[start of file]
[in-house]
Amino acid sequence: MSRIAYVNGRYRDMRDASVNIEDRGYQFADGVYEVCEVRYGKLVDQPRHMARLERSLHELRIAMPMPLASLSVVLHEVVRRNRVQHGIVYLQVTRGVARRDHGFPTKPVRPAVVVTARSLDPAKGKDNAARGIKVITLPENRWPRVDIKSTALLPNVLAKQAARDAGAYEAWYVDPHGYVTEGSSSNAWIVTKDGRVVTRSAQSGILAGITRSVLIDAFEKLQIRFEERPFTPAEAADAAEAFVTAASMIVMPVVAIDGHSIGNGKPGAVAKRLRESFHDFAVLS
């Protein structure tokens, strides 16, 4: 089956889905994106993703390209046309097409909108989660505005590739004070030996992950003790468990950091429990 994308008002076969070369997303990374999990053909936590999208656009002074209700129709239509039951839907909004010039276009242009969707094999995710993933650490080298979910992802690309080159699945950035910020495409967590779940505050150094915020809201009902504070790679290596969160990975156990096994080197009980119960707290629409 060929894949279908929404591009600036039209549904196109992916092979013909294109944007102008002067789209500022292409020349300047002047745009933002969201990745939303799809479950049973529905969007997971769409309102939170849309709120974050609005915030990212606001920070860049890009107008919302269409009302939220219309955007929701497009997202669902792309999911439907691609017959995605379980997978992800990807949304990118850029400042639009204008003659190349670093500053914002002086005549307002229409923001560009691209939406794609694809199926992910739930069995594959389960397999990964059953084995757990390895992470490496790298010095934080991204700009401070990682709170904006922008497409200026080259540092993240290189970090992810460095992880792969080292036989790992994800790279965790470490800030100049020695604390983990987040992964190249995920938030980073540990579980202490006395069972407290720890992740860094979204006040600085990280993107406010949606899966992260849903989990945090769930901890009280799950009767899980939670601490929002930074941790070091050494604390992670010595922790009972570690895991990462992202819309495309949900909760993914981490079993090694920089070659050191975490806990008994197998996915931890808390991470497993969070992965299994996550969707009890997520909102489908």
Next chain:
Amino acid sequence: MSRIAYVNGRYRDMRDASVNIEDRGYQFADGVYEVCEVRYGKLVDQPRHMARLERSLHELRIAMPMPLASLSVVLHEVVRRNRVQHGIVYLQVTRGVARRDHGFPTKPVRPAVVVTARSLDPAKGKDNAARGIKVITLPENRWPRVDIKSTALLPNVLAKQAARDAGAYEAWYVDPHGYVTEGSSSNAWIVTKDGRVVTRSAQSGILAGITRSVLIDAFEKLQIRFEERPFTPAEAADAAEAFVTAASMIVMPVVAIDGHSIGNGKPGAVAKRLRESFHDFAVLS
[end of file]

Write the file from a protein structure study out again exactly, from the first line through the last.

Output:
[in-house]
Amino acid sequence: MSRIAYVNGRYRDMRDASVNIEDRGYQFADGVYEVCEVRYGKLVDQPRHMARLERSLHELRIAMPMPLASLSVVLHEVVRRNRVQHGIVYLQVTRGVARRDHGFPTKPVRPAVVVTARSLDPAKGKDNAARGIKVITLPENRWPRVDIKSTALLPNVLAKQAARDAGAYEAWYVDPHGYVTEGSSSNAWIVTKDGRVVTRSAQSGILAGITRSVLIDAFEKLQIRFEERPFTPAEAADAAEAFVTAASMIVMPVVAIDGHSIGNGKPGAVAKRLRESFHDFAVLS
């Protein structure tokens, strides 16, 4: 089956889905994106993703390209046309097409909108989660505005590739004070030996992950003790468990950091429990 994308008002076969070369997303990374999990053909936590999208656009002074209700129709239509039951839907909004010039276009242009969707094999995710993933650490080298979910992802690309080159699945950035910020495409967590779940505050150094915020809201009902504070790679290596969160990975156990096994080197009980119960707290629409 060929894949279908929404591009600036039209549904196109992916092979013909294109944007102008002067789209500022292409020349300047002047745009933002969201990745939303799809479950049973529905969007997971769409309102939170849309709120974050609005915030990212606001920070860049890009107008919302269409009302939220219309955007929701497009997202669902792309999911439907691609017959995605379980997978992800990807949304990118850029400042639009204008003659190349670093500053914002002086005549307002229409923001560009691209939406794609694809199926992910739930069995594959389960397999990964059953084995757990390895992470490496790298010095934080991204700009401070990682709170904006922008497409200026080259540092993240290189970090992810460095992880792969080292036989790992994800790279965790470490800030100049020695604390983990987040992964190249995920938030980073540990579980202490006395069972407290720890992740860094979204006040600085990280993107406010949606899966992260849903989990945090769930901890009280799950009767899980939670601490929002930074941790070091050494604390992670010595922790009972570690895991990462992202819309495309949900909760993914981490079993090694920089070659050191975490806990008994197998996915931890808390991470497993969070992965299994996550969707009890997520909102489908």
Next chain:
Amino acid sequence: MSRIAYVNGRYRDMRDASVNIEDRGYQFADGVYEVCEVRYGKLVDQPRHMARLERSLHELRIAMPMPLASLSVVLHEVVRRNRVQHGIVYLQVTRGVARRDHGFPTKPVRPAVVVTARSLDPAKGKDNAARGIKVITLPENRWPRVDIKSTALLPNVLAKQAARDAGAYEAWYVDPHGYVTEGSSSNAWIVTKDGRVVTRSAQSGILAGITRSVLIDAFEKLQIRFEERPFTPAEAADAAEAFVTAASMIVMPVVAIDGHSIGNGKPGAVAKRLRESFHDFAVLS